These safety rules aimed to stop explosions. Trump's EPA has blocked them | KUOW News and Information

These safety rules aimed to stop explosions. Trump's EPA has blocked them

Jul 24, 2017

Eleven states including Washington have sued the Trump administration to improve safety at the nation’s refineries and chemical plants.

The lawsuit, led by New York's Attorney General, aims to force the Environmental Protection Agency to revive safety rules enacted in the final days of the Obama administration.

Within days of taking office, the Trump administration put the rules on hold as part of its push to de-regulate the U.S. economy.

The chemical safety rules — amendments to EPA’s Accidental Release Prevention Requirements under the Clean Air Act — are in limbo until 2019. They were intended to reduce the risk of explosions that have killed workers and endangered communities in Anacortes and elsewhere in recent years.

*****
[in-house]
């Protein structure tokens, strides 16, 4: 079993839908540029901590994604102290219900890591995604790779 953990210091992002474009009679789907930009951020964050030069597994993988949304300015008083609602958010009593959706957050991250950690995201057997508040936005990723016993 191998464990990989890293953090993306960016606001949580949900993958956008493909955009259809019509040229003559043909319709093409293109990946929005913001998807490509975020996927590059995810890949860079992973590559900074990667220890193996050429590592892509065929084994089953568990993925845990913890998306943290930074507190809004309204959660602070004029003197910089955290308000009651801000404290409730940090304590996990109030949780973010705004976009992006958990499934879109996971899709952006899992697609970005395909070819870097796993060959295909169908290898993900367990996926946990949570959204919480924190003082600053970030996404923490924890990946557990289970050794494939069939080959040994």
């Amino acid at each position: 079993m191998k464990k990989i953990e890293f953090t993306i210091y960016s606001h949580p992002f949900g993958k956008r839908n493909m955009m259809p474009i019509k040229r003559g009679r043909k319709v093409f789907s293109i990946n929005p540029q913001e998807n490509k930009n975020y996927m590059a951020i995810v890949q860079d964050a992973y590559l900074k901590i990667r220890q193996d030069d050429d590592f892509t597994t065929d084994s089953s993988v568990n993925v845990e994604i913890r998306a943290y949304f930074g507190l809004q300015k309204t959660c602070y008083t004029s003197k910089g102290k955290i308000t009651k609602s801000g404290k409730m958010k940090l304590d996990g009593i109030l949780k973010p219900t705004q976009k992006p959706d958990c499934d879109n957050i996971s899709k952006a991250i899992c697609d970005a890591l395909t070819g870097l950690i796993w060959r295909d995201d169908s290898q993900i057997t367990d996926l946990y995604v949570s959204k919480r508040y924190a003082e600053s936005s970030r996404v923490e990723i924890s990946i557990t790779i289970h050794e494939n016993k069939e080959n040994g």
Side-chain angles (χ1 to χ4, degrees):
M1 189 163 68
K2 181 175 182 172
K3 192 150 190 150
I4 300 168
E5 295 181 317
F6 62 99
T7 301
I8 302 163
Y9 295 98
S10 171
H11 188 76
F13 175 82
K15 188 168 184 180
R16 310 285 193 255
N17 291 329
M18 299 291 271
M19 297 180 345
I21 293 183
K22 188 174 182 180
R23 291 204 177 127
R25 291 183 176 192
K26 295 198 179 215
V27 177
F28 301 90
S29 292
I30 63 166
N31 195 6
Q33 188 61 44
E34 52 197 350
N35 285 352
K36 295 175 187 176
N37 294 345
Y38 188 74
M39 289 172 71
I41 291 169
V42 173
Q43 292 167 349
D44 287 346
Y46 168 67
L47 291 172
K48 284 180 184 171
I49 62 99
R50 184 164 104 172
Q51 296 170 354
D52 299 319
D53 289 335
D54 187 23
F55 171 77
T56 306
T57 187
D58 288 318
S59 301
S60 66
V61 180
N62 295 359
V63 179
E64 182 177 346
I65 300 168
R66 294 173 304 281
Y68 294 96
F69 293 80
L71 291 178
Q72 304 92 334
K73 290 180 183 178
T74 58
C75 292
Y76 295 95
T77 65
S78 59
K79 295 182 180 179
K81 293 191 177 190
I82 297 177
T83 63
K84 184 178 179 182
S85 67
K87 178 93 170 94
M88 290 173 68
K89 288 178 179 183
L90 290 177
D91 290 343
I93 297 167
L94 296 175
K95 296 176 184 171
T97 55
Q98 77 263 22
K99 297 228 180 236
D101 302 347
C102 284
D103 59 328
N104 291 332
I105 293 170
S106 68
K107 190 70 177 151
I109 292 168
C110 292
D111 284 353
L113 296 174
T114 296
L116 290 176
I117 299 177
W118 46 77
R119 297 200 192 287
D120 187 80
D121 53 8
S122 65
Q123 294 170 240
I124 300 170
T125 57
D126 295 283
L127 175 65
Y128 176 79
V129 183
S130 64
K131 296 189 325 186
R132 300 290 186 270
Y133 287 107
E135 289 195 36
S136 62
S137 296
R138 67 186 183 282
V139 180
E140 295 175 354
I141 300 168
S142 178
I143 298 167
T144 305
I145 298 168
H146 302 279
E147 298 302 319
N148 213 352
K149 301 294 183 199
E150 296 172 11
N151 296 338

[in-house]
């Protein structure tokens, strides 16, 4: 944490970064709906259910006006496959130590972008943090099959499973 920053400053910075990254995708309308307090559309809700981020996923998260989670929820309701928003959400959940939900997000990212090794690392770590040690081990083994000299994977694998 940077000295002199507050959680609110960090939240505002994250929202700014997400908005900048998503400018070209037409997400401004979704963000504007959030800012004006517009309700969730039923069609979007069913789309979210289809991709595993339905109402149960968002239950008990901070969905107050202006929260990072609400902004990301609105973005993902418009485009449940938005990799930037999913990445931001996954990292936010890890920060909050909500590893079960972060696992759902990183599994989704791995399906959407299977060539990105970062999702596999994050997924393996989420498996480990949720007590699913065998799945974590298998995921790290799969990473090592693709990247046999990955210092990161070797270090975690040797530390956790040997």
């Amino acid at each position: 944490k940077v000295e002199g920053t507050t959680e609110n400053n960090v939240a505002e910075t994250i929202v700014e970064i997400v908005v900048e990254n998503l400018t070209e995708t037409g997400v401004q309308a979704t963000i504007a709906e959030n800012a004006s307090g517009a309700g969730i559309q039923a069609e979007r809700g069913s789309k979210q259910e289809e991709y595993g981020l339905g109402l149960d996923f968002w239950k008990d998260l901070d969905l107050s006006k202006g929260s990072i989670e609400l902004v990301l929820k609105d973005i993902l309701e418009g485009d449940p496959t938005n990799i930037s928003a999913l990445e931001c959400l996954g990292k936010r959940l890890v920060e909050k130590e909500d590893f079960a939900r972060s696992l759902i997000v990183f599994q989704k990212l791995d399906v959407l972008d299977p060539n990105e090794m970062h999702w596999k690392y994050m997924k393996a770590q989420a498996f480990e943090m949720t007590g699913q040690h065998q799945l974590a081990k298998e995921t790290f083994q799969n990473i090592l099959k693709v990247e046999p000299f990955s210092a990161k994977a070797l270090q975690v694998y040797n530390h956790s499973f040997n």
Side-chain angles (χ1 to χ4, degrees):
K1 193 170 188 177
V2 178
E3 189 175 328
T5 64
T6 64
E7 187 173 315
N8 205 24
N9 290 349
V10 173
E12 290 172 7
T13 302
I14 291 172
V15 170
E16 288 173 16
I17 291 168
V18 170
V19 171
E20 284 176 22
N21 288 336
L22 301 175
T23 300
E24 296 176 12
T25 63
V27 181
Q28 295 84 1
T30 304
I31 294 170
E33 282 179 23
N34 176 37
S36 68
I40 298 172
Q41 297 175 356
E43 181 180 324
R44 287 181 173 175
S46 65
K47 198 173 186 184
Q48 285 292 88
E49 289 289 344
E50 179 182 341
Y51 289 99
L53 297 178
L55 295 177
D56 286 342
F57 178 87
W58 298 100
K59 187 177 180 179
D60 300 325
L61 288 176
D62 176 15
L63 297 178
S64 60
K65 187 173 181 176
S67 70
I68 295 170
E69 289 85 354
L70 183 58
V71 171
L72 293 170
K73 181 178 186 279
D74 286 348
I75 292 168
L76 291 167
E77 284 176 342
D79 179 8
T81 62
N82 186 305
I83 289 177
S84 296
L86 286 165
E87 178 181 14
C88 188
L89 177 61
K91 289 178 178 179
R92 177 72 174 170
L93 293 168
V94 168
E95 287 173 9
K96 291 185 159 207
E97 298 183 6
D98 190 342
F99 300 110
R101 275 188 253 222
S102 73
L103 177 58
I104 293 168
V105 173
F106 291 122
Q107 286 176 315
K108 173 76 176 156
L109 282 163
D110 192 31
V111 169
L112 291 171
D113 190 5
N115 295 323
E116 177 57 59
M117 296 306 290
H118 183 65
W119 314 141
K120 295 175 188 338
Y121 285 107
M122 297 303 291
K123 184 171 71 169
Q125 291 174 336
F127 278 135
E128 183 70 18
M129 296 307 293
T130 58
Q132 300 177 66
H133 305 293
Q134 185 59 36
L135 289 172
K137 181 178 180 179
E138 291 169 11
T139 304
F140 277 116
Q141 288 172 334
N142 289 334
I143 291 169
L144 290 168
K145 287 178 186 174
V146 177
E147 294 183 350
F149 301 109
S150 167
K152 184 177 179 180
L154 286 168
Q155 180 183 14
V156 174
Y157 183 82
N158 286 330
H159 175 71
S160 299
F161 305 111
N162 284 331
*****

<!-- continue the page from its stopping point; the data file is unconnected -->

“Washingtonians have first-hand experience with the types of disasters this rule was designed to help prevent,” a press release from Washington Attorney General Bob Ferguson said.

A fireball half the size of a football field erupted from the Tesoro refinery in Anacortes in 2010, killing seven workers. An appeals judge in June overturned the company’s record $2.4 million safety fine from state safety regulators.

United Steelworkers – the union representing workers at that refinery – and environmental groups sued the EPA in June to revive the safety rules.

The groups said the two-year delay could lead to hundreds of deaths near or inside chemical plants across the country.

Makers of hazardous products like gasoline and fertilizer said the new EPA rules are costly and unnecessary. According to those companies, the safety rules' requirements to disclose more information to help nearby communities' disaster planning would worsen the risk of sabotage or terrorism at the plants.

The Trump administration said on Thursday it has removed or frozen 860 "ineffective, duplicative and obsolete" regulations on various industries in the past six months, with the aim of ridding the economy of unnecessary burdens.